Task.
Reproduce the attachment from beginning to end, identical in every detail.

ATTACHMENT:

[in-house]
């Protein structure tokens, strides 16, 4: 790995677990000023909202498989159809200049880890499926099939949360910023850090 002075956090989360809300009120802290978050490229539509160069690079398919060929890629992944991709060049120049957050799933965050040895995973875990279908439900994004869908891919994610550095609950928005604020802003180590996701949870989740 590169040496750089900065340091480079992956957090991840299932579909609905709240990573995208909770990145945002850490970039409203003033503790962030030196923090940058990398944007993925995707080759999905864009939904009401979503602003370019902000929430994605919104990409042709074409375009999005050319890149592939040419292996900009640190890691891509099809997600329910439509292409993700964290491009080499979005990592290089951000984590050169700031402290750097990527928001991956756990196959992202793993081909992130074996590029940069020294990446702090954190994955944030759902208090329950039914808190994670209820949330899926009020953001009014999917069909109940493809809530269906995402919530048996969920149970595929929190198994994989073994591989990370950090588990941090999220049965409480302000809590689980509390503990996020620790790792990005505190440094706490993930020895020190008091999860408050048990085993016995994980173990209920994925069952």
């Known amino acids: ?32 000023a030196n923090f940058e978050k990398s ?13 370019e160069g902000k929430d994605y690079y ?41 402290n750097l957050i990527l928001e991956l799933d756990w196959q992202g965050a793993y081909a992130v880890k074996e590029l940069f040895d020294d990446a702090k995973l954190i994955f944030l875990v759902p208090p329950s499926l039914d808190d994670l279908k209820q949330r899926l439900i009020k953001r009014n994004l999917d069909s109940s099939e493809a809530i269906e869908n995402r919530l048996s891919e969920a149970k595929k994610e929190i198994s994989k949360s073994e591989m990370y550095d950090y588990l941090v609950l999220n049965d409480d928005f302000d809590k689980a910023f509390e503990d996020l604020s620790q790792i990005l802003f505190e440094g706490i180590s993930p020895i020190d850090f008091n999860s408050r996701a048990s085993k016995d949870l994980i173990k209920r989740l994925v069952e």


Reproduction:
[in-house]
């Protein structure tokens, strides 16, 4: 790995677990000023909202498989159809200049880890499926099939949360910023850090 002075956090989360809300009120802290978050490229539509160069690079398919060929890629992944991709060049120049957050799933965050040895995973875990279908439900994004869908891919994610550095609950928005604020802003180590996701949870989740 590169040496750089900065340091480079992956957090991840299932579909609905709240990573995208909770990145945002850490970039409203003033503790962030030196923090940058990398944007993925995707080759999905864009939904009401979503602003370019902000929430994605919104990409042709074409375009999005050319890149592939040419292996900009640190890691891509099809997600329910439509292409993700964290491009080499979005990592290089951000984590050169700031402290750097990527928001991956756990196959992202793993081909992130074996590029940069020294990446702090954190994955944030759902208090329950039914808190994670209820949330899926009020953001009014999917069909109940493809809530269906995402919530048996969920149970595929929190198994994989073994591989990370950090588990941090999220049965409480302000809590689980509390503990996020620790790792990005505190440094706490993930020895020190008091999860408050048990085993016995994980173990209920994925069952």
């Known amino acids: ?32 000023a030196n923090f940058e978050k990398s ?13 370019e160069g902000k929430d994605y690079y ?41 402290n750097l957050i990527l928001e991956l799933d756990w196959q992202g965050a793993y081909a992130v880890k074996e590029l940069f040895d020294d990446a702090k995973l954190i994955f944030l875990v759902p208090p329950s499926l039914d808190d994670l279908k209820q949330r899926l439900i009020k953001r009014n994004l999917d069909s109940s099939e493809a809530i269906e869908n995402r919530l048996s891919e969920a149970k595929k994610e929190i198994s994989k949360s073994e591989m990370y550095d950090y588990l941090v609950l999220n049965d409480d928005f302000d809590k689980a910023f509390e503990d996020l604020s620790q790792i990005l802003f505190e440094g706490i180590s993930p020895i020190d850090f008091n999860s408050r996701a048990s085993k016995d949870l994980i173990k209920r989740l994925v069952e």